Blasts Kill 125 at Iraq Shiite Shrines
By TAREK AL-ISSAWI and HAMZA HENDAWI
The Associated Press
Tuesday, March 2, 2004; 9:30 AM
KARBALA, Iraq - Simultaneous explosions ripped through crowds of worshippers Tuesday at Shiite Muslim shrines in Baghdad and the holy city of Karbala, killing at least 125. It was the bloodiest day since the end of major fighting.
The blasts came during the Shiite festival of Ashoura and coincided with a shooting and bomb attack on Shiite worshippers in Quetta, Pakistan that killed at least 29 people and wounded more than 150.
Police and witnesses said the Iraqi blasts were caused by explosives planted near holy sites in Karbala and the Kazimiya shrine in Baghdad, though some people blamed suicide bombers.
"We were standing there (next to the mosques) when we heard an explosion. We saw flesh, arms legs, more flesh. Then the ambulance came," said Tarar, an 18-year-old in Karbala who gave only one name.
The attacks produced a wave of Shiite outrage - much of it directed at U.S. troops in the Iraqi capital. American soldiers who arrived at Kazimiya were attacked by angry crowds throwing stones and garbage, injuring two Americans.
"This is the work of Jews and American occupation forces," a loudspeaker outside Kazimiya blared. Inside, cleric Hassan Toaima told an angry crowd, "We demand to know who did this so that we can avenge our martyrs."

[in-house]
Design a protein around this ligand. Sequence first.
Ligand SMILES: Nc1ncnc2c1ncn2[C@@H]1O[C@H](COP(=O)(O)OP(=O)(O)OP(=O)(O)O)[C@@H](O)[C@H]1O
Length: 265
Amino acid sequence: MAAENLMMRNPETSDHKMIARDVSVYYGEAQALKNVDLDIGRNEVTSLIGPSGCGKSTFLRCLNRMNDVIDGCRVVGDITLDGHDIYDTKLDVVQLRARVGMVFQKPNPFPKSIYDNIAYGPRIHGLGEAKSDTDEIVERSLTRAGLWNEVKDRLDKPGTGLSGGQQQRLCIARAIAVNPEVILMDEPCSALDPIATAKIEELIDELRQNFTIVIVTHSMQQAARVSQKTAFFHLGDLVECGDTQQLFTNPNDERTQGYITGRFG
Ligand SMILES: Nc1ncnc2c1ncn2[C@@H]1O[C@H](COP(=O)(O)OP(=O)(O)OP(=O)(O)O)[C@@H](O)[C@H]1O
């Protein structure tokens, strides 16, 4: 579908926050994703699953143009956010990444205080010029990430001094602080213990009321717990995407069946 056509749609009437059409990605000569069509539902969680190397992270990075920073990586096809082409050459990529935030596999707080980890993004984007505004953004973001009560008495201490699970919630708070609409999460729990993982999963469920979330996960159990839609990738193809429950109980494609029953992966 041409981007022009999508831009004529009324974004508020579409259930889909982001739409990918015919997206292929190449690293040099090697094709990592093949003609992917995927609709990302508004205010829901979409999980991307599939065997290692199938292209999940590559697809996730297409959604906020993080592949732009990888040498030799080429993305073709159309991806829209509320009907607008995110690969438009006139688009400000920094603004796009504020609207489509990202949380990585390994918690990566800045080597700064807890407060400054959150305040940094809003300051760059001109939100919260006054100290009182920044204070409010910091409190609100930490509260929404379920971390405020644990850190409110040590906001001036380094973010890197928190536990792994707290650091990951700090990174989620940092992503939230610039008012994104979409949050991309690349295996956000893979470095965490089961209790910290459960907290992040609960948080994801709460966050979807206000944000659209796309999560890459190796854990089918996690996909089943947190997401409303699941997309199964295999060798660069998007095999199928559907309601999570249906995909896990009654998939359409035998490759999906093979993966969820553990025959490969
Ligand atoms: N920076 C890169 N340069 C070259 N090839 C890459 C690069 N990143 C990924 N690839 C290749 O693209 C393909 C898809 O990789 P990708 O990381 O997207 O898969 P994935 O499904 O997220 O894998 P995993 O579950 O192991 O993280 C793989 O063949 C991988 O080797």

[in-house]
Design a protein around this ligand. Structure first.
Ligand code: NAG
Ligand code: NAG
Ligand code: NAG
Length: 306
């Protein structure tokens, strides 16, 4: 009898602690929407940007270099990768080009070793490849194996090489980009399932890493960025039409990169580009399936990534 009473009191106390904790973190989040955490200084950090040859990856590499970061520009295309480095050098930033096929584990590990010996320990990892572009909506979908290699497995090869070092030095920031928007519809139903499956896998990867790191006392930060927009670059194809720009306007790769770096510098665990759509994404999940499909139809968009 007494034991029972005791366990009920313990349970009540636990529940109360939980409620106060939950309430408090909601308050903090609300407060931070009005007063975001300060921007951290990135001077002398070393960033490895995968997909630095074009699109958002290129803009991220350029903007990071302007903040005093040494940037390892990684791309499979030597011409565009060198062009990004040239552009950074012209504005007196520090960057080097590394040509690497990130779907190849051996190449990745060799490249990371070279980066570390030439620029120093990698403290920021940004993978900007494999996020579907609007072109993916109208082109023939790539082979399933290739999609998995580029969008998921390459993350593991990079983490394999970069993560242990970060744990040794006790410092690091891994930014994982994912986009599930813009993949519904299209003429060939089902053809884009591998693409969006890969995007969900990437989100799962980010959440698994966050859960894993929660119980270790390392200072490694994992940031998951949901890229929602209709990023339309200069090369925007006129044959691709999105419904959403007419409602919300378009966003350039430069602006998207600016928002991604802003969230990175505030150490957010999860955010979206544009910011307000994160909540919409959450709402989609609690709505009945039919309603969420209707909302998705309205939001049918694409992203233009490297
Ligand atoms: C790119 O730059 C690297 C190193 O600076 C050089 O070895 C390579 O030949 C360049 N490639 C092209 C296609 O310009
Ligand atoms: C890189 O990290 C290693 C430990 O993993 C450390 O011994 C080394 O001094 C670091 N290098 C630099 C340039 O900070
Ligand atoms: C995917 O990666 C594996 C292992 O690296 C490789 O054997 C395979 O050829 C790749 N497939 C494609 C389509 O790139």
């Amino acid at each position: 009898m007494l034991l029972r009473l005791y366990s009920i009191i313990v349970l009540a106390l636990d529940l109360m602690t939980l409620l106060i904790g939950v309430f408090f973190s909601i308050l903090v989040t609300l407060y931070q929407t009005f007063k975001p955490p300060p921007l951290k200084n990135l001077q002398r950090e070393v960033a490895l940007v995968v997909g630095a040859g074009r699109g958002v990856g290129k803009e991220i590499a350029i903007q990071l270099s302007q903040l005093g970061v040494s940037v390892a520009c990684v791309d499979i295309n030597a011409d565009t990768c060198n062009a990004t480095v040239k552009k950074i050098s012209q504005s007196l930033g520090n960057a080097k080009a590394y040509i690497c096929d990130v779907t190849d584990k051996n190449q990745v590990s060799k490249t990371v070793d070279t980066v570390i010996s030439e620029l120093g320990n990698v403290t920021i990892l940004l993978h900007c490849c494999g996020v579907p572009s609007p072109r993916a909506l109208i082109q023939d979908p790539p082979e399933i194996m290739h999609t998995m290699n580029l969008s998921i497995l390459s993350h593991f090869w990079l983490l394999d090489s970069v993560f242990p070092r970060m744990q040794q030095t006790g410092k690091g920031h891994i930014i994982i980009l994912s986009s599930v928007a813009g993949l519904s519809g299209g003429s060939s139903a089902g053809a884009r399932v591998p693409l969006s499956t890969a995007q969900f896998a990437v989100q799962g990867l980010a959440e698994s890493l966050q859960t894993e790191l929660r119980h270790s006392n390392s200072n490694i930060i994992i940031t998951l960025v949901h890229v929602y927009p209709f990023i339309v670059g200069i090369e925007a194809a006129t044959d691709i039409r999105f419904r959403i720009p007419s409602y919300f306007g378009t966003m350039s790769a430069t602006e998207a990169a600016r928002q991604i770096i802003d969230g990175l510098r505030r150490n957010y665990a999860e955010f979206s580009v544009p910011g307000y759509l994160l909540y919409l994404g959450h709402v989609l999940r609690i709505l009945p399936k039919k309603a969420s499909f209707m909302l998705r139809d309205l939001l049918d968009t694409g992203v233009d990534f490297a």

U.S. intelligence officials had been concerned about the possibility of militant attacks during Ashoura. Last month, U.S. officials released what they said was a letter by Jordanian militant Abu Mousab al-Zarqawi outlining a strategy of spectacular attacks on Shiites, aimed at sparking a Sunni-Shiite civil war.
Iraq's Governing Council blamed the attacks on "terrorists" trying to enflame sectarian divisions in the country.
In a show of unity, Sunni, Shiite and Kurdish council representatives appeared before journalists, calling on Iraqis to be calm "in order to cheat our enemies of the chance to inflict evil on the nation."
Council member Adnan Pachachi suggested that the signing of a newly agreed interim constitution, expected on Wednesday, would be delayed until after a three-day period of national mourning.
Also Tuesday, insurgents threw a grenade into a Army Humvee as it drove down a Baghdad road, killing one 1st Armored Division soldier and wounding a second. The death brings to 548 the number of U.S. service members who have died since the United States launched the Iraq war in March. Most have died since President Bush declared an end to active combat May 1.
The blasts in Karbala killed 50 to 60 people, said Adel Abdel-Mahdi, a senior member of a Shiite political party represented on the governing council. The nearly simultaneous bombings in Baghdad killed at least 75 people, he said. Hundreds were wounded in both cities.
In Karbala, 50 miles south of Baghdad, five large blasts went off shortly after 10 a.m. near the golden-domed shrine of Imam Hussein, one of Shiite Islam's most beloved saints, and another shrine. The explosions hurled bodies in all directions and sent crowds of pilgrims fleeing in panic.
Dead and wounded were loaded onto wooden carts normally used to ferry elderly pilgrims to holy sites. Bodies ripped apart by the force of the blasts lay on the streets.
© 2004 The Associated Press